Faculty

Lars Hernquist

2020 Gruber Prize in Cosmology has been awarded to Harvard's Lars Hernquist and Volker Springel of the Max Planck Institute

May 6, 2020

Citations reads: "The 2020 Gruber Cosmology Prize recognizes Lars Hernquist, Center for Astrophysics | Harvard & Smithsonian, and Volker Springel, Max Planck Institute for Astrophysics, for their defining contributions to cosmological simulations, a method that tests existing theories of, and inspires new investigations into, the formation of structures at every scale from stars to galaxies to the universe itself."

Press release:  https://gruber.yale.edu/2020-gruber-cosmology-prize-...

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Avi Loeb

Prof. Avi Loeb, Chair of the Astronomy Department, nominated to serve on White House Science and Technology Advisory Committee.

April 22, 2020

The President's Council of Advisors on Science and Technology (PCAST) is an advisory group of the Nation's leading scientists and engineers, appointed by the President to augment the science and technology advice available to him from inside the White House and from cabinet departments and other Federal agencies.   Prof. Loeb's nomination is subject to approval by Congress.  Also nominated was Dr. Daniela Rus, Andrew and Erna Viterbi Professor of Engineering and Computer Science at MIT and director of MIT’s Computer Science and Artificial Intelligence...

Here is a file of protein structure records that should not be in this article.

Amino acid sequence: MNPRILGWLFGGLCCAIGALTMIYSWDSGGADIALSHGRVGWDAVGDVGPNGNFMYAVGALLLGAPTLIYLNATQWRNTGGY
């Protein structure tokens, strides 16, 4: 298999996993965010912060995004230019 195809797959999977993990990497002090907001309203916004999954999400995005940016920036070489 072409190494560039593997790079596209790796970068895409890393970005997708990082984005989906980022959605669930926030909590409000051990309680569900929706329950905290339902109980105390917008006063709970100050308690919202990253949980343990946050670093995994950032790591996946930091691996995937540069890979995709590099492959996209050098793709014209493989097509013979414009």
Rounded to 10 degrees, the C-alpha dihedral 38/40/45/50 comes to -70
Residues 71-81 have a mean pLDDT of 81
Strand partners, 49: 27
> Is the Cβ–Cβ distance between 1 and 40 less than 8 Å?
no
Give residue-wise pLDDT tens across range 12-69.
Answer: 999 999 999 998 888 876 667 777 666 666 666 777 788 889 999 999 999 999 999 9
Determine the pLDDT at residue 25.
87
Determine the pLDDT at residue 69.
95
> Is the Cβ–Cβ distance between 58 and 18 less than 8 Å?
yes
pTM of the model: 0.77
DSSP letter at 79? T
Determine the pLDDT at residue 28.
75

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Black and white photo of an asteroid ‘Oumuamua, rock floating in space

How to Search for Dead Cosmic Civilizations If they’re short-lived, we might be able to detect the relics and artifacts they left behind

October 1, 2018

"The rate of growth of new technologies is often proportional to past knowledge, leading to an exponential advance over time. This explosive process implies that very quickly after a civilization reaches technological maturity, it will develop the means for its own destruction through climate change, for example, or nuclear, biological or chemical weapons. Developments of this type, over mere hundreds of years, would appear abrupt in the cosmic perspective of billions of years. If such self-destruction is common, this could explain Fermi’s paradox, which asks “where is everybody?”—and...

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